Backbone cabling is critical for almost every business. So whether you’re retrofitting an existing facility or building a new one, you’ll probably hear the term mentioned at least a couple times.
It’s also kind of a complex topic. Depending how deeply you want to dig, it’s easy to feel like you’re in an Intro to Engineering course. (Or studying a foreign language!) So we’ll explain it in three ways – one for the total beginner, one for the business decision maker, and one for the IT pro.
Feel free to stop reading when you’ve had enough!
“Explain it to me like I’m 10.”
Backbone cabling connects the major hubs of your business. Like, attaching your Main Distribution Frame to the local Internet circuit. Or one building to another. Since it’s so foundational, you need to plan for it to last somewhere between three and 10 years.
There, that wasn’t so tricky, right?
Well, hold on…
“Give me the executive summary.”
Just like the name suggests, backbone cabling connects the main ISP entrance point to the various enclosures on your premises or campus.
In this diagram, the ISP comes into the entrance facility and backbone cabling connects it to an equipment room and telecommunications hub. (In fact, that’s almost word-for-word how the Commercial Building Telecommunications Standard defines backbone cabling.)
Connecting the entrance facility to equipment and telecom hubs may require all sorts of different materials – copper or fiber cables, terminations, path cords, jumper cords or cross connects. And of course there are lots of elements that come later, as you hook up individual workstations or servers. But those are connected by something called “horizontal cabling.”
Everything funnels into the backbone cabling.
“Tell me the details, without requiring an engineering degree.”
Your backbone cabling can be built out of three things: twisted copper pairs, multimode fiber or single mode fiber. Which you choose depends on the size of your business and the amount of data you need.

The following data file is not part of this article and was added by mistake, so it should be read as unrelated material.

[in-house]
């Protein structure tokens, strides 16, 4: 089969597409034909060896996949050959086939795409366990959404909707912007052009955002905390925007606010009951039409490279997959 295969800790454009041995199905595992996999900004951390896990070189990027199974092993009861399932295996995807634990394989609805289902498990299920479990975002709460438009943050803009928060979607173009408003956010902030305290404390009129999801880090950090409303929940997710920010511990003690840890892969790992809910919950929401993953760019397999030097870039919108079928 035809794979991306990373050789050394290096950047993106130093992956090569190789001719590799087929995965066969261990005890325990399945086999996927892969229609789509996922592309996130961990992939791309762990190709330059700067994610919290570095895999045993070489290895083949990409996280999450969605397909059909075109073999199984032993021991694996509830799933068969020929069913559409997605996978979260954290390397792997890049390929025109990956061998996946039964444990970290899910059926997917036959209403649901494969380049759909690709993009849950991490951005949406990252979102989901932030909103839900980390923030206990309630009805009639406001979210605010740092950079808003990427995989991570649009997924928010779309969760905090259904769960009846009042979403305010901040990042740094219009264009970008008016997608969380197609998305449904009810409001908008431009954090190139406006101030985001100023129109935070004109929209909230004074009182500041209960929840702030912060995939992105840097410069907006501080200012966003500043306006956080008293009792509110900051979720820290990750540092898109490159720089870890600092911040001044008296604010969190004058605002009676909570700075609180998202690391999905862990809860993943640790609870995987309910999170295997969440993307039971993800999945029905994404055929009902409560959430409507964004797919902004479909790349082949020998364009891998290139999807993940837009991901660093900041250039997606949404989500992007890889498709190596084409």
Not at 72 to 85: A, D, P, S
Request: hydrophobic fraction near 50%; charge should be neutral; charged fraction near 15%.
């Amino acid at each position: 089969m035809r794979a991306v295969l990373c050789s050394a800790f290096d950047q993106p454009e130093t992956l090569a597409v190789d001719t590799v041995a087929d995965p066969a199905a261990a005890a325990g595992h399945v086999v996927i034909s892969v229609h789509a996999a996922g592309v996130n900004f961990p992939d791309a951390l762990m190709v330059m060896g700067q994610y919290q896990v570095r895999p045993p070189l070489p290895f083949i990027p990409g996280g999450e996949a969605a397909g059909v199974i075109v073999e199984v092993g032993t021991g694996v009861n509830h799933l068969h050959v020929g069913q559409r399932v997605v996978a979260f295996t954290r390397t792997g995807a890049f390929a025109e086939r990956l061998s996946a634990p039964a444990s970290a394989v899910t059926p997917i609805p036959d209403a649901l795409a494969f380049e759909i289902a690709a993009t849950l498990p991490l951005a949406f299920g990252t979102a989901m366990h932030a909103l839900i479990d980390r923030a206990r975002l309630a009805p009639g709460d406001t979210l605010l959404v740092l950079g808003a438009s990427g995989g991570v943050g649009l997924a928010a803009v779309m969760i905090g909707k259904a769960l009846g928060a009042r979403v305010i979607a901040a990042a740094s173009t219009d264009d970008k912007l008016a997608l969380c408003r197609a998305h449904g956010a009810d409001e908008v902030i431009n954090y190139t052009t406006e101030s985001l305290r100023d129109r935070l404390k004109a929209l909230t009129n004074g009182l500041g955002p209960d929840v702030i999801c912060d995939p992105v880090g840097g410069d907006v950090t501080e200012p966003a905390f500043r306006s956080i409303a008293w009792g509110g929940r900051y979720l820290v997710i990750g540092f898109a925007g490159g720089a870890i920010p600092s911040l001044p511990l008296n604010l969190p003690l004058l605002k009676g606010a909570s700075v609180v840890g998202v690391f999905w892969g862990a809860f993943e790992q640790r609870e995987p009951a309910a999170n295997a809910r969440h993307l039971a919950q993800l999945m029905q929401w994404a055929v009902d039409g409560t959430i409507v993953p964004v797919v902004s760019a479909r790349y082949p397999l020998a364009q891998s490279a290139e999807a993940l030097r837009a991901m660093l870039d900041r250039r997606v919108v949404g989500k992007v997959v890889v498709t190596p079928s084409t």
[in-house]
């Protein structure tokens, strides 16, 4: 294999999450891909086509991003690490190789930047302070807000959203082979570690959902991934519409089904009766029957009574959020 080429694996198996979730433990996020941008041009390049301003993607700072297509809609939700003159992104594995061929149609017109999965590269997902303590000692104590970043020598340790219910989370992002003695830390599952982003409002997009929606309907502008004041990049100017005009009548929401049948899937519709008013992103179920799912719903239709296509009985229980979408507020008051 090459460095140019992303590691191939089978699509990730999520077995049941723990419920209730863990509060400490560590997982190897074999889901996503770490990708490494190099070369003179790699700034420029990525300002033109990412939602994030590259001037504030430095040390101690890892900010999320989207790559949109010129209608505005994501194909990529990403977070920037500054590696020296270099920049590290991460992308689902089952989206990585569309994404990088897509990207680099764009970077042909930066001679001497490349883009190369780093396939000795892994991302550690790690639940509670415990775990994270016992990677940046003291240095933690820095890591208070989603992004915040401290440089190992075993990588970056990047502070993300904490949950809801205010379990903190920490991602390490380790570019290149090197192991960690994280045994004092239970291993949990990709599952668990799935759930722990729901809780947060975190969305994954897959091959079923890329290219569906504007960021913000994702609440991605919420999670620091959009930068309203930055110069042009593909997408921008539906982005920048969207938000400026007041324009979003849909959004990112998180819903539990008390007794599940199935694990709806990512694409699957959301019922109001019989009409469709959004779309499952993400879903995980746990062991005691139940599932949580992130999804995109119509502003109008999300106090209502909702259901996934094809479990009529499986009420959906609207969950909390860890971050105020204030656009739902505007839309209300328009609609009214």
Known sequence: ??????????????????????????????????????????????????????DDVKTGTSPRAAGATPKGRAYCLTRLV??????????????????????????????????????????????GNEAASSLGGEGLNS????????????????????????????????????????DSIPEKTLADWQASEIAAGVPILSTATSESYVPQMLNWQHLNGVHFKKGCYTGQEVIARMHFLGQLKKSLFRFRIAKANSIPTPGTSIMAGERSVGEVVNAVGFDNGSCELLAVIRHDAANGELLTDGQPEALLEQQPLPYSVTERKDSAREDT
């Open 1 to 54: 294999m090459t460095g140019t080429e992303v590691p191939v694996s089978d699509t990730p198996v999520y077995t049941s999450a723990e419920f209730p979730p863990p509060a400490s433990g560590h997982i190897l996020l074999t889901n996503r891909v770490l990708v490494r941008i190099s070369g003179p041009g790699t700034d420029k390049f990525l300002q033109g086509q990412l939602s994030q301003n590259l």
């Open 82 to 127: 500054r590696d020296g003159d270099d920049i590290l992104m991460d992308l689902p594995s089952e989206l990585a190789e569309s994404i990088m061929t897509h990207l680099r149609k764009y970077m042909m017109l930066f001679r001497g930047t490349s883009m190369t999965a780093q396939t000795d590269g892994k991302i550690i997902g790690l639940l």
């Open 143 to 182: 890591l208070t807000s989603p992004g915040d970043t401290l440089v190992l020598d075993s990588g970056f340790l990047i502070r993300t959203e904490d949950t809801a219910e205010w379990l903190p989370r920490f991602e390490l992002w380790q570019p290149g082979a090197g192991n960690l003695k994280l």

Here are a few terms to know:
Maximum Length: Different cables can only carry information so far. Depending on where a cable lies in your topology, you might be forced to step up to a higher quality cable.
Attenuation: Simply put, attenuation is bad, because it reduces signal strength. The key to combating it is to provide the right cable for the right environment. For a short distance, copper may be fine. If the run is more than 100 meters, it’s better to rely on fiber.
Width: We choose cables based on distance and mode – or how the fiber communicates. A long run is usually thinner “single mode” fiber, while shorter runs may be fine using “multimode.” But there are other factors that come into play as well, such as the type of equipment you’re using and the purpose of the cabling.
Wavelength: The distance between identical points on a waveform. The farther apart they are, the less attenuation you get, which means a cleaner signal.
Up to 100 meters
100 – 600 meters
No maximum length.
62.5 or 50 microns
8 – 10 micrometers
850 – 1300
1300 – 1550
You can see that single mode cable is best, and sometimes essential to connect buildings that are far apart. But if cost is a factor, multimode cabling works for many businesses. And copper cabling can supplement either along the way.
Congratulations, you’re a backbone cabling pro!
Like any technical topic, backbone cabling can be as complex as you want to make it. But ironically, its benefit is simple:
If you can accurately forecast the needs of your business, you can lay a backbone that will last for years to come. And then forget about it!